Fig.4 Museatex Hybrid 6, left-channel in-room frequency response on-axis at 1m.


Fig.5 Museatex Hybrid 6, right-channel in-room frequency response on-axis at 1m.

Fig.6 shows the manner in which the Hybrid 6's response changes as the listener moves up and down. (Only the changes in response are shown in this graph, which means that the response on the reference axis appears as a straight line.) If the midrange suckout is due to the drive-units being acoustically out of phase in the crossover region, it should be possible to find vertically off-axis microphone positions where their outputs do sum correctly. It can be seen that the difference 7.5° above the top of the speaker's baffle and the difference level with the bottom of the RTRE panel (this axis a low 26" from the floor) feature a big hump in the midrange, implying that the responses on these axes will be much better balanced than on the 35"-high listening axis. This proved to be the case. A simple polarity reversal of either the woofer or the panel driver, therefore, should change things so that the speaker will sound more neutral on its main axis.


Fig.6 Museatex Hybrid 6, vertical response family at 45", normalized to response on design axis, from back to front: differences in response 22.5–7.5° above axis, reference response, differences in response 7.5–15° below axis.

We have experienced the same problem with other panel/dynamic woofer hybrid speakers. I can only conjecture that their designers listen much farther away from the speakers than either DO listens or I measure, in which case the greatly increased contribution of the room sound at the listening position could disguise this drive-unit integration problem.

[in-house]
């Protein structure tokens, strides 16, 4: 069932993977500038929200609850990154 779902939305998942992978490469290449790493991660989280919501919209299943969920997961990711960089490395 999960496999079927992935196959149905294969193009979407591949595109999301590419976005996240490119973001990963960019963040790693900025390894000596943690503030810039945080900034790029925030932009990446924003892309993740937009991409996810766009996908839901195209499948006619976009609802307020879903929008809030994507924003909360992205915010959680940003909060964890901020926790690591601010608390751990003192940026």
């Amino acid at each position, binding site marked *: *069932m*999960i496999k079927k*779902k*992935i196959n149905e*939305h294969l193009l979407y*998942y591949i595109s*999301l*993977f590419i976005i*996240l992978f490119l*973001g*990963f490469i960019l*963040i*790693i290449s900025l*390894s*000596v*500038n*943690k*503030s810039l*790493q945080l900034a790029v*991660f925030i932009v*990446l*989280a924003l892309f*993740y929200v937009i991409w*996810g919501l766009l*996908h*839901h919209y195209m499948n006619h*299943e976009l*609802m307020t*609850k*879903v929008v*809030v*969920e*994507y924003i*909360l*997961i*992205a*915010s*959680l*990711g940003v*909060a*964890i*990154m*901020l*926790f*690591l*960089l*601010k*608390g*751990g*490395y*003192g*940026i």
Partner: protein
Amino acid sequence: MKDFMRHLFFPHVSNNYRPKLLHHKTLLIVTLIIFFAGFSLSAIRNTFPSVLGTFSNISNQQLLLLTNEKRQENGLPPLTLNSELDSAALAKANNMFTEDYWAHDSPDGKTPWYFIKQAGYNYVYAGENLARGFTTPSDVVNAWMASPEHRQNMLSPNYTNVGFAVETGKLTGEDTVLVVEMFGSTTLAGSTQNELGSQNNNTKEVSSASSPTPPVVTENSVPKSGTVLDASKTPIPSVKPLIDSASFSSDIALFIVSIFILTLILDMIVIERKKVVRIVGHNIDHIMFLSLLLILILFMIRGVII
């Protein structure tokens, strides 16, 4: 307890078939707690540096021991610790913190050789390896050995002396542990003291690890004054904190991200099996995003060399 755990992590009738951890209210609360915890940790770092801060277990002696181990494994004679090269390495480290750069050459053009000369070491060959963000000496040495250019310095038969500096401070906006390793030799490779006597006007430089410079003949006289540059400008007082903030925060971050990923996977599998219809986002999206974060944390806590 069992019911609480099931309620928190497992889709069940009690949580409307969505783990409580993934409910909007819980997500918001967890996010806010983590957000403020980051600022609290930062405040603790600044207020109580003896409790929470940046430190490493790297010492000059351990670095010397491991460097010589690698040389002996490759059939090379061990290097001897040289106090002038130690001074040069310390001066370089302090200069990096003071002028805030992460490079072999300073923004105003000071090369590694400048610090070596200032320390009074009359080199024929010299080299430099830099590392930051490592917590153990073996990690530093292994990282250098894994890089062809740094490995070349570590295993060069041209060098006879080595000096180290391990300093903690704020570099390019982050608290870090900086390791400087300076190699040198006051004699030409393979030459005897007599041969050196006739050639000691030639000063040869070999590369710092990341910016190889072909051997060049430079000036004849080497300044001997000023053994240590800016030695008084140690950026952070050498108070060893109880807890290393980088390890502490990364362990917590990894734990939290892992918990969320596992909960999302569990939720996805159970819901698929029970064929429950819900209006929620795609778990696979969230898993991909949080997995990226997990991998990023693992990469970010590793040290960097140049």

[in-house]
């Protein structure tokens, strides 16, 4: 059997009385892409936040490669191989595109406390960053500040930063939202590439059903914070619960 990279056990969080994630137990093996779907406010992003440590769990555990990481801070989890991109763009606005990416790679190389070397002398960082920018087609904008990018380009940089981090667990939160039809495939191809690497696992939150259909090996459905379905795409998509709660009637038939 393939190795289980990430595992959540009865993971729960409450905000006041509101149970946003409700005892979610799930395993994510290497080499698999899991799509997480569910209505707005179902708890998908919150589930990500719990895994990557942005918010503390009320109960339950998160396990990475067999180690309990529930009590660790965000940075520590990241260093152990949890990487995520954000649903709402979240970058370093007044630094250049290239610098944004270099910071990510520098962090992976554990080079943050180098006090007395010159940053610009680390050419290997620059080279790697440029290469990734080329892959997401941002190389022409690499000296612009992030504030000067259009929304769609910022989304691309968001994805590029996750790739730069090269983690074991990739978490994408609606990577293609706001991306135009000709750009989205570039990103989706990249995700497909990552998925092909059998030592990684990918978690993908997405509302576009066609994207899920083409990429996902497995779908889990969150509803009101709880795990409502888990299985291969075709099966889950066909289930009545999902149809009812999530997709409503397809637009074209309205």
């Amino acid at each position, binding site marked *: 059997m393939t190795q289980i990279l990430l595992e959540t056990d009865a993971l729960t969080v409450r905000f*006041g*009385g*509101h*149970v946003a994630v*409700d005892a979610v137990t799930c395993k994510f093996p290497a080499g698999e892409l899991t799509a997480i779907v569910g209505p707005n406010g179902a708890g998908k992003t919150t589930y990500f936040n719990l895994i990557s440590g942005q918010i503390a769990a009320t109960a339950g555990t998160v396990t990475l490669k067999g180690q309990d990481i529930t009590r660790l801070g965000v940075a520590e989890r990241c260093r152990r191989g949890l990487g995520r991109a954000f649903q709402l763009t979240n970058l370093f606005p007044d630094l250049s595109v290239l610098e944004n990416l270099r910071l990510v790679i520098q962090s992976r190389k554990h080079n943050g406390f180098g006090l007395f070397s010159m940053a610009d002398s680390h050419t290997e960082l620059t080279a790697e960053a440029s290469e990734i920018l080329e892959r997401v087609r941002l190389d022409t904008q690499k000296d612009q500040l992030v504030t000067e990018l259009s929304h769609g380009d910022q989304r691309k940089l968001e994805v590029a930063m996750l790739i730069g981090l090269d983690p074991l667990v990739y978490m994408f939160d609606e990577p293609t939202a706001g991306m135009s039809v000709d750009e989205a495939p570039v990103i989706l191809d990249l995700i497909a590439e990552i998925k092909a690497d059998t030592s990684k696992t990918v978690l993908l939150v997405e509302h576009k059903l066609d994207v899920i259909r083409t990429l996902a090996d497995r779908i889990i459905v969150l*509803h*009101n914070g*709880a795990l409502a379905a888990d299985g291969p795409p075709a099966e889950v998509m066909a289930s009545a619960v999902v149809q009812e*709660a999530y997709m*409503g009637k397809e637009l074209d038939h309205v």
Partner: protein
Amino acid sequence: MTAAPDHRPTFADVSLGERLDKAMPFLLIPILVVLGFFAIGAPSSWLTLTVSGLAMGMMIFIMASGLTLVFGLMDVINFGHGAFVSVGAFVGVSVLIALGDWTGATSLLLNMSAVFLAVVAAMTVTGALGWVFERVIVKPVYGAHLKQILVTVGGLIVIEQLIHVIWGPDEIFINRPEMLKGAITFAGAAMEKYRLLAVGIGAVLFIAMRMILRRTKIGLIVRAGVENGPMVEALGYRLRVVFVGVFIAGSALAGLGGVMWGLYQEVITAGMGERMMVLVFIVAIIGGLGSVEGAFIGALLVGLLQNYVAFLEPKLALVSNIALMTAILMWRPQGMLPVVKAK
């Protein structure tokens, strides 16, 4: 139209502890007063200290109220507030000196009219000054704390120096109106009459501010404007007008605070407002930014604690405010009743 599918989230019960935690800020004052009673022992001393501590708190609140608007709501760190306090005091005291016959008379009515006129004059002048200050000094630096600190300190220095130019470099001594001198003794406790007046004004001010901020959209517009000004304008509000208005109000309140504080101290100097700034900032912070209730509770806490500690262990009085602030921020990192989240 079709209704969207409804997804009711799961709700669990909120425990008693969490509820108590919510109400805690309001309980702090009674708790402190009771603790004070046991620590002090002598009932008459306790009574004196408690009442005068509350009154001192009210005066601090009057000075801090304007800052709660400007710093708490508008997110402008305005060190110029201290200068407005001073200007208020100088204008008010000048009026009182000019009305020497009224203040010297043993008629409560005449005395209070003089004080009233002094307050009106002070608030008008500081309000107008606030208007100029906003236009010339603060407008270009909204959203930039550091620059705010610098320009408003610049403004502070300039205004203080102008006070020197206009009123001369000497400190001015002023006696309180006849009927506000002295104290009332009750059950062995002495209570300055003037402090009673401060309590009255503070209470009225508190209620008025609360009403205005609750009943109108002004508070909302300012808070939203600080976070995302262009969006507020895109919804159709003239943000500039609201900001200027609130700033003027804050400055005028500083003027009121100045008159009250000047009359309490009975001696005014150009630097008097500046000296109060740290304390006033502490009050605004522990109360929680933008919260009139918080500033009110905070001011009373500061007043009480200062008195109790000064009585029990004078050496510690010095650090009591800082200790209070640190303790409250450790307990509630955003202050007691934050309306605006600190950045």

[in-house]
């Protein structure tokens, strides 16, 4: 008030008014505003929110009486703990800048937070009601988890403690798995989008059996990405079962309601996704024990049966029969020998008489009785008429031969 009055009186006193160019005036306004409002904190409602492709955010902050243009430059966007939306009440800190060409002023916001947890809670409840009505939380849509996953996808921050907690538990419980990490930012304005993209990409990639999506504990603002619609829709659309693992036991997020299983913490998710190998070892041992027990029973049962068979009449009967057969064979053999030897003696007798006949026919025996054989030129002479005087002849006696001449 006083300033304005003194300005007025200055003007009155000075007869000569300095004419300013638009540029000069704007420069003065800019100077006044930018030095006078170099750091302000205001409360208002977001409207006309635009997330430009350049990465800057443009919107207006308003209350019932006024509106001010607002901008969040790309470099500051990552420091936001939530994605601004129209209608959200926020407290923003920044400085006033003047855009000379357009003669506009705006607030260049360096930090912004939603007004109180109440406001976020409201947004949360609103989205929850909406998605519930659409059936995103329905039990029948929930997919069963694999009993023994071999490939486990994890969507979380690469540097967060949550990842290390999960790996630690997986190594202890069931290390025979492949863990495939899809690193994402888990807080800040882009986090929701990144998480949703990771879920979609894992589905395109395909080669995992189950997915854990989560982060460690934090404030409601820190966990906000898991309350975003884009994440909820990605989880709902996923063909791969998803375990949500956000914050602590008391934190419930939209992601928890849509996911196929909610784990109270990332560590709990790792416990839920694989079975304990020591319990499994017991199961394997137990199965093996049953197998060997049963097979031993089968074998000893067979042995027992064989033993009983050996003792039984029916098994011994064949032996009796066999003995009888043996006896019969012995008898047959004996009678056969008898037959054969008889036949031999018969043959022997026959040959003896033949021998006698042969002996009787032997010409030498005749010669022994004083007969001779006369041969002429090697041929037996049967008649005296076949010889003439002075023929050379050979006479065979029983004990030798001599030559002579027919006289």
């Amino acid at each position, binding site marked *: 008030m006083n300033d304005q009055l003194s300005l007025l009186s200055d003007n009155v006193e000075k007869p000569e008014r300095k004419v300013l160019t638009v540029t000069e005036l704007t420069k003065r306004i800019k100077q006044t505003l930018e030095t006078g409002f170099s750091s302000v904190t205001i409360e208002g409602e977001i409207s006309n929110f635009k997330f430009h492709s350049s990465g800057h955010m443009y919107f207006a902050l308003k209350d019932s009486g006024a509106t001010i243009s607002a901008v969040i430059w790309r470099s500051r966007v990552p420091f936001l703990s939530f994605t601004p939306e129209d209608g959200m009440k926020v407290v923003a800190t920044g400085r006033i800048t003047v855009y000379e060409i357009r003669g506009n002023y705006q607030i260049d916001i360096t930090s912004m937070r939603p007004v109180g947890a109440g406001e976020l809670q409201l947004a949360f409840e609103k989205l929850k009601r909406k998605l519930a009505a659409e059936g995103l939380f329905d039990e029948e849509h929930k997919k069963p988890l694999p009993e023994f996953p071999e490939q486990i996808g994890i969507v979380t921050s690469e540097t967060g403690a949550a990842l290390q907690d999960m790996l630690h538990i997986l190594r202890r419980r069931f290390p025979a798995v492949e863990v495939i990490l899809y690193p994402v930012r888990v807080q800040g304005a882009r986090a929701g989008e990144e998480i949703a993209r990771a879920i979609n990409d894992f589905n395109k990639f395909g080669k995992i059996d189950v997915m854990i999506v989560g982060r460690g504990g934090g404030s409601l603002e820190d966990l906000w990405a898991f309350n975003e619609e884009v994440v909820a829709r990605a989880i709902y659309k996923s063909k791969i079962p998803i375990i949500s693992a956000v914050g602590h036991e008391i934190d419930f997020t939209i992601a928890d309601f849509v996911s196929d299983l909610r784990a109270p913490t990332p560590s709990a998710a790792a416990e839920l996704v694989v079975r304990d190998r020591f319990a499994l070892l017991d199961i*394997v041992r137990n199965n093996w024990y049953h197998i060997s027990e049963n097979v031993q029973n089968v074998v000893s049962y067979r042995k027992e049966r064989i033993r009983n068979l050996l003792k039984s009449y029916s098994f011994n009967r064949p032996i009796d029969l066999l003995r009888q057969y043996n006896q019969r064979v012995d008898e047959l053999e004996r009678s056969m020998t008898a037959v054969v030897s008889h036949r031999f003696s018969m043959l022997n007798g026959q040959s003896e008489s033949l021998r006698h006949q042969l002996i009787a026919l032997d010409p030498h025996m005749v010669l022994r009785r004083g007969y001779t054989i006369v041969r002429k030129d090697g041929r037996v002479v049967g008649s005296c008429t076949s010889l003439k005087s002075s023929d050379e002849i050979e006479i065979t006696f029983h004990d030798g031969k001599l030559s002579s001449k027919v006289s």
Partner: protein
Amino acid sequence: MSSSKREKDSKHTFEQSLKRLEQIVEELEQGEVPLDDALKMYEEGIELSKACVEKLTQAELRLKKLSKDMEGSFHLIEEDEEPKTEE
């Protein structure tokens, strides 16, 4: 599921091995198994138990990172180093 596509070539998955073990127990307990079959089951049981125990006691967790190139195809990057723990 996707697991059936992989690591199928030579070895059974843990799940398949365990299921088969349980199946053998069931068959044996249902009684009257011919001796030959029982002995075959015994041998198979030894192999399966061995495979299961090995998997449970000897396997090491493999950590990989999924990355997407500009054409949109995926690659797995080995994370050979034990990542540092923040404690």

There is some good news in fig.6, which is that the panel driver does have excellent high-frequency dispersion in the vertical plane. The RTRE principle does appear to allow the panel to simulate a point source in the treble, something that is confirmed by fig.7, which shows the changes in response as the listener moves around to the speaker's side. The top octave starts to roll off more than 15° off-axis, but the lower treble output remains strong to 60° off-axis. At these extreme angles, however, the speaker's output in the upper midrange is starting to suffer from a dipole cancellation notch.


Fig.7 Museatex Hybrid 6, lateral response family at 50", normalized to response on design axis, from back to front: reference response, differences in response 15–90° off axis.

In the time domain, the Hybrid 6's impulse response on the listening axis at a microphone distance of 45" can be seen in fig.8. The generally symmetrical shape implies a first-order crossover, but the ringing indicates some HF resonances. You can just make out some lower-frequency undulations after the 5ms mark. These are not due to room reflections, but are a feature of the speaker's output. Calculating the '6's step response from fig.8 gives the graph shown in fig.9. The step shape is not very good, presumably because the woofer output cancels that of the RTRE panel in the first millisecond or so after the initial up-down pulse. But note again the lower-frequency ringing in this graph, more prominent than in fig.8 due to the integrating action of this calculation exaggerating the effect of the lower frequencies.


Fig.8 Museatex Hybrid 6, impulse response on design axis at 50" (5ms time window, 30kHz bandwidth).


Fig.9 Museatex Hybrid 6, step response on design axis at 50" (5ms time window, 30kHz bandwidth).

This ringing is strikingly revealed in the cumulative spectral-decay or "waterfall" plot (fig.10) calculated from fig.8 as the strong ridge centered on 1150Hz. There are also some other strong modes in the lower treble and the top octave. Despite the superbly flat nearfield response of the RTRE drive-unit, the promise of this new drive-unit technology has yet to be realized.—John Atkinson


Fig.10 Museatex Hybrid 6, cumulative spectral-decay plot on design axis at 50" (0.15ms risetime).

Museatex Audio Inc.
Calgary, Alberta T2B 1N5